‘Please sir, do not forget us’: Stranded seafarers plead for COVID-19 vaccinations
Filipino seafarer Larry Pineda has a simple but passionate plea: “Please sir, do not forget us.”
Pineda is among hundreds of thousands of seafarers adrift in a world transfixed by the fear of the coronavirus pandemic and bound by strict government rules that trap them on their ships.
Filipino seafarer Larry Pineda.Credit:
The unvaccinated crew members are required to stay on board at most international ports. In Australia, they cannot leave to shop for essentials or even seek relaxation at Mission to Seafarers sites, which have games rooms, libraries, small shops and lounges.
“There is very much suffering among all seafarers,” Pineda says.
“Many are depressed because they cannot leave their ship and do not know when they will be able to go home to their families.
“I hope and pray for this small mercy – that a way can be found for all of us at sea to be vaccinated, so we may be safe.”
He speaks by phone from the bulk carrier MV Nikolas D, currently docked in the south-west Victorian port of Portland, loading 63,500 tonnes of canola for markets in Egypt and Belgium.
Vaccination against COVID-19, he believes, would mean restrictions on crew rotations could be eased, but he also wants dock workers in the world’s ports to feel comfortable loading and unloading ships alongside seafarers.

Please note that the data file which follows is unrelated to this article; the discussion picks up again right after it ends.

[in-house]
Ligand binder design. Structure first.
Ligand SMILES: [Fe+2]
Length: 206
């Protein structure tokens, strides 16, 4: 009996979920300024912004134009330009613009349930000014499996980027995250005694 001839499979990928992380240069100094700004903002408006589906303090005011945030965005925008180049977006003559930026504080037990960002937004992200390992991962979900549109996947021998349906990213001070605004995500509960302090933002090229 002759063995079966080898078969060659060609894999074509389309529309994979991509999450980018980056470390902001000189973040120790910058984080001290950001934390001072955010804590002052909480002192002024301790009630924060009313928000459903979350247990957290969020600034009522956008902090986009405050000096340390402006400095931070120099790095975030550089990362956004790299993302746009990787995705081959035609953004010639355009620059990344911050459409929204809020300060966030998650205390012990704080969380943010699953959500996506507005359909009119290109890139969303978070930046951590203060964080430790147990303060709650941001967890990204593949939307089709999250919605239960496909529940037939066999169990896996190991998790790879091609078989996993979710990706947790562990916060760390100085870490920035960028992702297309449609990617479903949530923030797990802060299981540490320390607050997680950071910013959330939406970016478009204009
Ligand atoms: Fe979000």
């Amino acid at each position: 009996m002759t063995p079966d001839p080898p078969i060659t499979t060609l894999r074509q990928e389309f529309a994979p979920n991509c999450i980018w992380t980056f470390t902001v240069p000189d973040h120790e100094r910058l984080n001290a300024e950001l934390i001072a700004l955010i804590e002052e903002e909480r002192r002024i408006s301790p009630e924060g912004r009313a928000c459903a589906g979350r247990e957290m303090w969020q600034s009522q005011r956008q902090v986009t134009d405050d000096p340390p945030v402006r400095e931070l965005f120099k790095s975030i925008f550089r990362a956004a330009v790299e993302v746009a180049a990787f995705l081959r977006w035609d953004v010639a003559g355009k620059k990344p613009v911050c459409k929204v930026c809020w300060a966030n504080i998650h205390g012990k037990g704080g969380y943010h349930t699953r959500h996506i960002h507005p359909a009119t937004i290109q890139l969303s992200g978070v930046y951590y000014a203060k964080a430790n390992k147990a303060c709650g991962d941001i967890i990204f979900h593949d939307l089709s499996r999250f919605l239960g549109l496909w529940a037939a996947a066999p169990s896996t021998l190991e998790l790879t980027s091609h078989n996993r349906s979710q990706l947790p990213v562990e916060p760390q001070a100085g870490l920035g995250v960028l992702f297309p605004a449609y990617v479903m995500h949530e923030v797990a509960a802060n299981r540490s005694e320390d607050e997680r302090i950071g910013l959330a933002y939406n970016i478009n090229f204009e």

His plea follows a call this week from the wharfies’ union and a stevedoring company for all visiting seafarers to be tested for COVID-19.
But the state government says such a regime would be impractical.
As for vaccinations, almost all seafarers are foreign citizens restricted to their ships, often flying the flags of Panama or Liberia, meaning they fall outside government vaccination programs.
“I love my wife and my two children, and I want them to know I am safe when I come home,” Pineda says.
“On this ship, we are very, very careful.
“But we have been in Africa, India, Singapore, China and Indonesia, and soon we will leave for Egypt and Belgium, sailing for 42 days.
Neville Manson, manager of Mission to Seafarers at Portland, tries to buoy the spirits of visiting seafarers.Credit:Tony Wright
An article in the Lowy Institute’s The Interpreter noted the International Transport Workers Federation and the International Chamber of Shipping had estimated late last year that about 400,000 seafarers were stuck on their ships because of COVID-19 quarantine measures imposed by governments.
The manager of the Mission to Seafarers at Portland, Neville Manson, tries to buoy the spirits of visiting seafarers by providing free comfort packs of toiletries, chocolates and beanies, but his mission relies entirely on donations and is stretched.
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